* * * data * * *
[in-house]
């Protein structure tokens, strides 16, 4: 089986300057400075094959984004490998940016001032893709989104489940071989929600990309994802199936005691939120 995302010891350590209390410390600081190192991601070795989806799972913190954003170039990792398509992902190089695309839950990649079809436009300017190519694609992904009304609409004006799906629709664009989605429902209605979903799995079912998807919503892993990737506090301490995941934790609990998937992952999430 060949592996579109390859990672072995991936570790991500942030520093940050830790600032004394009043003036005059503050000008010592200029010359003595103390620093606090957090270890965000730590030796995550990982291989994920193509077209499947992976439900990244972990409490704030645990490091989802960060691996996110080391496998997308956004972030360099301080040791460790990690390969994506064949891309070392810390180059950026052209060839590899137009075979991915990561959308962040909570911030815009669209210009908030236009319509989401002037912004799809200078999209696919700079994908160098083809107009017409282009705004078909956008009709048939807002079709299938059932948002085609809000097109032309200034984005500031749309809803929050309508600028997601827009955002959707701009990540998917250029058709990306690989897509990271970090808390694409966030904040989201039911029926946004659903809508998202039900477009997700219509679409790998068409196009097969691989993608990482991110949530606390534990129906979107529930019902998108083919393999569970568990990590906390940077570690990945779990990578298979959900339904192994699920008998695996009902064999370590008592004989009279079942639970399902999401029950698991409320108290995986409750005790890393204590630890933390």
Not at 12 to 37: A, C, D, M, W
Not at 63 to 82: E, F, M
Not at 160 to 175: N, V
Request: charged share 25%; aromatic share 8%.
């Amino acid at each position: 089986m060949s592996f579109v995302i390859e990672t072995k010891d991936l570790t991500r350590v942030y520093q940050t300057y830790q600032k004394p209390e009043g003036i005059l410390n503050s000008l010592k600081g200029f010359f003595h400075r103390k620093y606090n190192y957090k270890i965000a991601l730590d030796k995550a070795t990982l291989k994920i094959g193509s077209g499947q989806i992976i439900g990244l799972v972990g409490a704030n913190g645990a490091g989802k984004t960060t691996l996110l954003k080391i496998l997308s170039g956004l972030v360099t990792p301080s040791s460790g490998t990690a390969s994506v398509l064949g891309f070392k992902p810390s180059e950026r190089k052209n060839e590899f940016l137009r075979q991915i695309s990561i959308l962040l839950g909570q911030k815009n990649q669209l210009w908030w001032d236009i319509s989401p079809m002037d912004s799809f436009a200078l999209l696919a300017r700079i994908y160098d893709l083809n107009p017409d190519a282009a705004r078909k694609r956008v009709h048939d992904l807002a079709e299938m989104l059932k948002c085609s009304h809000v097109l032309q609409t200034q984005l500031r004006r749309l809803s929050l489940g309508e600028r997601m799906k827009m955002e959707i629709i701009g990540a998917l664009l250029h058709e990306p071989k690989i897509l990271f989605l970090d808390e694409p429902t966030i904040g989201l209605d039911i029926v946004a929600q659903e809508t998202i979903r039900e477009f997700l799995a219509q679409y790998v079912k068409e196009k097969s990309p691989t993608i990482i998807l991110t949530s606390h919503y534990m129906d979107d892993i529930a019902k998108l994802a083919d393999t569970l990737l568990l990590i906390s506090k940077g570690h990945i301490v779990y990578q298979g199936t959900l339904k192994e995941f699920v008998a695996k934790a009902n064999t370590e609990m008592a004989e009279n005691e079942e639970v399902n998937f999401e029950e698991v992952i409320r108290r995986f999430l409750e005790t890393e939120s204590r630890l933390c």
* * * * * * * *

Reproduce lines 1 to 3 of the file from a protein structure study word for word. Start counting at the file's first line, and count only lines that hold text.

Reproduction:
[in-house]
């Protein structure tokens, strides 16, 4: 089986300057400075094959984004490998940016001032893709989104489940071989929600990309994802199936005691939120 995302010891350590209390410390600081190192991601070795989806799972913190954003170039990792398509992902190089695309839950990649079809436009300017190519694609992904009304609409004006799906629709664009989605429902209605979903799995079912998807919503892993990737506090301490995941934790609990998937992952999430 060949592996579109390859990672072995991936570790991500942030520093940050830790600032004394009043003036005059503050000008010592200029010359003595103390620093606090957090270890965000730590030796995550990982291989994920193509077209499947992976439900990244972990409490704030645990490091989802960060691996996110080391496998997308956004972030360099301080040791460790990690390969994506064949891309070392810390180059950026052209060839590899137009075979991915990561959308962040909570911030815009669209210009908030236009319509989401002037912004799809200078999209696919700079994908160098083809107009017409282009705004078909956008009709048939807002079709299938059932948002085609809000097109032309200034984005500031749309809803929050309508600028997601827009955002959707701009990540998917250029058709990306690989897509990271970090808390694409966030904040989201039911029926946004659903809508998202039900477009997700219509679409790998068409196009097969691989993608990482991110949530606390534990129906979107529930019902998108083919393999569970568990990590906390940077570690990945779990990578298979959900339904192994699920008998695996009902064999370590008592004989009279079942639970399902999401029950698991409320108290995986409750005790890393204590630890933390």
Not at 12 to 37: A, C, D, M, W